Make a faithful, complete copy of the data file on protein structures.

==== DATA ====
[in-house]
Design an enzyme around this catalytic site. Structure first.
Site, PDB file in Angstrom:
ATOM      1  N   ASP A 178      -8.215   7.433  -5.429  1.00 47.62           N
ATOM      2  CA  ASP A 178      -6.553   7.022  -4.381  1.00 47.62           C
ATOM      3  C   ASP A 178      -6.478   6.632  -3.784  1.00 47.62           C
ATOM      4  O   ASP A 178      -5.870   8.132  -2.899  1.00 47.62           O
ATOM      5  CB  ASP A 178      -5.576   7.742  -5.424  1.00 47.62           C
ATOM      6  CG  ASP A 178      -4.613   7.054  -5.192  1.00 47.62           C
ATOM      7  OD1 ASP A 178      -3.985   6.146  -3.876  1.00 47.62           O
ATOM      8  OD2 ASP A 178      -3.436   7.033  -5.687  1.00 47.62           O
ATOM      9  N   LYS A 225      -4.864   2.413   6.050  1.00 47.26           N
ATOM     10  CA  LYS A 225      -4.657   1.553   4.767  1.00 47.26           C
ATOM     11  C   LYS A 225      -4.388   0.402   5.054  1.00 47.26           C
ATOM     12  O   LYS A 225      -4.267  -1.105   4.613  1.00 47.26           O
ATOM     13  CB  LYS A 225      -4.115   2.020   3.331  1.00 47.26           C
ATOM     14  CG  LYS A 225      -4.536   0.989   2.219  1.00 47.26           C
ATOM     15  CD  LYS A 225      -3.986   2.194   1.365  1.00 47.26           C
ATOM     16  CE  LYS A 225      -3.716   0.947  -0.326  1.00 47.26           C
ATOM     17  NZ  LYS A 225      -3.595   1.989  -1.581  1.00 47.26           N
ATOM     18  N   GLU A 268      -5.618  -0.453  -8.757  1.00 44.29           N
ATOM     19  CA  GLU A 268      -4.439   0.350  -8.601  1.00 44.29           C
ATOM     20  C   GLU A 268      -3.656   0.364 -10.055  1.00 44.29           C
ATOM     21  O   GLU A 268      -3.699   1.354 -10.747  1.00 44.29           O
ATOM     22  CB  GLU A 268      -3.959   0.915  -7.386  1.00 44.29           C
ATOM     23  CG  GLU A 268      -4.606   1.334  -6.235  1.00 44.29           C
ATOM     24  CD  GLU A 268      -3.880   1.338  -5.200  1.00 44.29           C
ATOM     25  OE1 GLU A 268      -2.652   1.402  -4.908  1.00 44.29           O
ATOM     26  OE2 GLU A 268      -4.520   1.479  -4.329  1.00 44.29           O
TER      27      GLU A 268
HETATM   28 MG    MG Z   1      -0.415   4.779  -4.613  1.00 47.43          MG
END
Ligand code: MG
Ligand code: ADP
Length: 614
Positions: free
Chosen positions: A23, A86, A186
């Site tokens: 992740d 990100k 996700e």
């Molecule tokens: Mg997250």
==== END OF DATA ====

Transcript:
[in-house]
Design an enzyme around this catalytic site. Structure first.
Site, PDB file in Angstrom:
ATOM      1  N   ASP A 178      -8.215   7.433  -5.429  1.00 47.62           N
ATOM      2  CA  ASP A 178      -6.553   7.022  -4.381  1.00 47.62           C
ATOM      3  C   ASP A 178      -6.478   6.632  -3.784  1.00 47.62           C
ATOM      4  O   ASP A 178      -5.870   8.132  -2.899  1.00 47.62           O
ATOM      5  CB  ASP A 178      -5.576   7.742  -5.424  1.00 47.62           C
ATOM      6  CG  ASP A 178      -4.613   7.054  -5.192  1.00 47.62           C
ATOM      7  OD1 ASP A 178      -3.985   6.146  -3.876  1.00 47.62           O
ATOM      8  OD2 ASP A 178      -3.436   7.033  -5.687  1.00 47.62           O
ATOM      9  N   LYS A 225      -4.864   2.413   6.050  1.00 47.26           N
ATOM     10  CA  LYS A 225      -4.657   1.553   4.767  1.00 47.26           C
ATOM     11  C   LYS A 225      -4.388   0.402   5.054  1.00 47.26           C
ATOM     12  O   LYS A 225      -4.267  -1.105   4.613  1.00 47.26           O
ATOM     13  CB  LYS A 225      -4.115   2.020   3.331  1.00 47.26           C
ATOM     14  CG  LYS A 225      -4.536   0.989   2.219  1.00 47.26           C
ATOM     15  CD  LYS A 225      -3.986   2.194   1.365  1.00 47.26           C
ATOM     16  CE  LYS A 225      -3.716   0.947  -0.326  1.00 47.26           C
ATOM     17  NZ  LYS A 225      -3.595   1.989  -1.581  1.00 47.26           N
ATOM     18  N   GLU A 268      -5.618  -0.453  -8.757  1.00 44.29           N
ATOM     19  CA  GLU A 268      -4.439   0.350  -8.601  1.00 44.29           C
ATOM     20  C   GLU A 268      -3.656   0.364 -10.055  1.00 44.29           C
ATOM     21  O   GLU A 268      -3.699   1.354 -10.747  1.00 44.29           O
ATOM     22  CB  GLU A 268      -3.959   0.915  -7.386  1.00 44.29           C
ATOM     23  CG  GLU A 268      -4.606   1.334  -6.235  1.00 44.29           C
ATOM     24  CD  GLU A 268      -3.880   1.338  -5.200  1.00 44.29           C
ATOM     25  OE1 GLU A 268      -2.652   1.402  -4.908  1.00 44.29           O
ATOM     26  OE2 GLU A 268      -4.520   1.479  -4.329  1.00 44.29           O
TER      27      GLU A 268
HETATM   28 MG    MG Z   1      -0.415   4.779  -4.613  1.00 47.43          MG
END
Ligand code: MG
Ligand code: ADP
Length: 614
Positions: free
Chosen positions: A23, A86, A186
């Site tokens: 992740d 990100k 996700e």
């Molecule tokens: Mg997250």